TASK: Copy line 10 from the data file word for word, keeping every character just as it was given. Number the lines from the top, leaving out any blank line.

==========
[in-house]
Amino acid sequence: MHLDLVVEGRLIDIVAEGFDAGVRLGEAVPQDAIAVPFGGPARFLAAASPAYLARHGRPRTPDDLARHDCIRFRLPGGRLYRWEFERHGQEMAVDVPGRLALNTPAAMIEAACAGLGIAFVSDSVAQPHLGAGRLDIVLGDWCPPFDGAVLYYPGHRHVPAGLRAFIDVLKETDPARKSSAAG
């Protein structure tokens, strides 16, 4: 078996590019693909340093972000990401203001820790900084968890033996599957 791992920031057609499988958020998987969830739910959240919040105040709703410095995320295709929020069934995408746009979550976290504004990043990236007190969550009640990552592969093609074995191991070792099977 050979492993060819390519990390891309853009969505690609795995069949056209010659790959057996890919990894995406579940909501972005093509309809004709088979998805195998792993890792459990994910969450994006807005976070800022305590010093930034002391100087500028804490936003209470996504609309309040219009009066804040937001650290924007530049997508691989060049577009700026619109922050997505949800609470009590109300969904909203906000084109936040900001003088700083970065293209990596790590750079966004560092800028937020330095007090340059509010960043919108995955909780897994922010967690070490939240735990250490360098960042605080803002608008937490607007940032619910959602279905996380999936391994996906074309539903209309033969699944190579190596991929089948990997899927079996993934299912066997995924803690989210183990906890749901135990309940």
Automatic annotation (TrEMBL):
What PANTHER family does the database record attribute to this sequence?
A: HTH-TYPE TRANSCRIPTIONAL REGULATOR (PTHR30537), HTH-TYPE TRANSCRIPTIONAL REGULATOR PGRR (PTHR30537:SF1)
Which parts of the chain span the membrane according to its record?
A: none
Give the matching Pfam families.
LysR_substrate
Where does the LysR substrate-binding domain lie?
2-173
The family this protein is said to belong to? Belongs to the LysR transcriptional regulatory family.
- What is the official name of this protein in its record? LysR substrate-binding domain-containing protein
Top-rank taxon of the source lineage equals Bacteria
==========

LysR_substrate